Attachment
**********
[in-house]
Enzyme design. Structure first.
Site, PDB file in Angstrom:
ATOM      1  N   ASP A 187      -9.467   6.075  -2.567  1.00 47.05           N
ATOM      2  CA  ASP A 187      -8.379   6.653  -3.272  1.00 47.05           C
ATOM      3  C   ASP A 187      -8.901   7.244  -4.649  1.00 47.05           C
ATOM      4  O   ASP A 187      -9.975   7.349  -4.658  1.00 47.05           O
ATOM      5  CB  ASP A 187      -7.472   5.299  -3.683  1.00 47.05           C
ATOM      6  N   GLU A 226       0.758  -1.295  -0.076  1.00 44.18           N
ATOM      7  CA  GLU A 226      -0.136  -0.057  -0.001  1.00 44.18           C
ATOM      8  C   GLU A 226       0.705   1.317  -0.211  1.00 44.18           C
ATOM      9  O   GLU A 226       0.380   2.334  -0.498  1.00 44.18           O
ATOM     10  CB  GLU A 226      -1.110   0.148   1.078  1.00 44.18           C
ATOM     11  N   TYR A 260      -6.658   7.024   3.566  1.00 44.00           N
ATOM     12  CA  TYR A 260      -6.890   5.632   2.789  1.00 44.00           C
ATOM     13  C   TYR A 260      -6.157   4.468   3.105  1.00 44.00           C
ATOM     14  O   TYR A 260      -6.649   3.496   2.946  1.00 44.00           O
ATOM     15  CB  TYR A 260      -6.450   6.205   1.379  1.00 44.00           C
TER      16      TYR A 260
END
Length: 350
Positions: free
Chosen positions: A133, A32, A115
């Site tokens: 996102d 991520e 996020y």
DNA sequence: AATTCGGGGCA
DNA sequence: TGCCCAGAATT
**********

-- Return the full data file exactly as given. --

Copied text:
[in-house]
Enzyme design. Structure first.
Site, PDB file in Angstrom:
ATOM      1  N   ASP A 187      -9.467   6.075  -2.567  1.00 47.05           N
ATOM      2  CA  ASP A 187      -8.379   6.653  -3.272  1.00 47.05           C
ATOM      3  C   ASP A 187      -8.901   7.244  -4.649  1.00 47.05           C
ATOM      4  O   ASP A 187      -9.975   7.349  -4.658  1.00 47.05           O
ATOM      5  CB  ASP A 187      -7.472   5.299  -3.683  1.00 47.05           C
ATOM      6  N   GLU A 226       0.758  -1.295  -0.076  1.00 44.18           N
ATOM      7  CA  GLU A 226      -0.136  -0.057  -0.001  1.00 44.18           C
ATOM      8  C   GLU A 226       0.705   1.317  -0.211  1.00 44.18           C
ATOM      9  O   GLU A 226       0.380   2.334  -0.498  1.00 44.18           O
ATOM     10  CB  GLU A 226      -1.110   0.148   1.078  1.00 44.18           C
ATOM     11  N   TYR A 260      -6.658   7.024   3.566  1.00 44.00           N
ATOM     12  CA  TYR A 260      -6.890   5.632   2.789  1.00 44.00           C
ATOM     13  C   TYR A 260      -6.157   4.468   3.105  1.00 44.00           C
ATOM     14  O   TYR A 260      -6.649   3.496   2.946  1.00 44.00           O
ATOM     15  CB  TYR A 260      -6.450   6.205   1.379  1.00 44.00           C
TER      16      TYR A 260
END
Length: 350
Positions: free
Chosen positions: A133, A32, A115
């Site tokens: 996102d 991520e 996020y």
DNA sequence: AATTCGGGGCA
DNA sequence: TGCCCAGAATT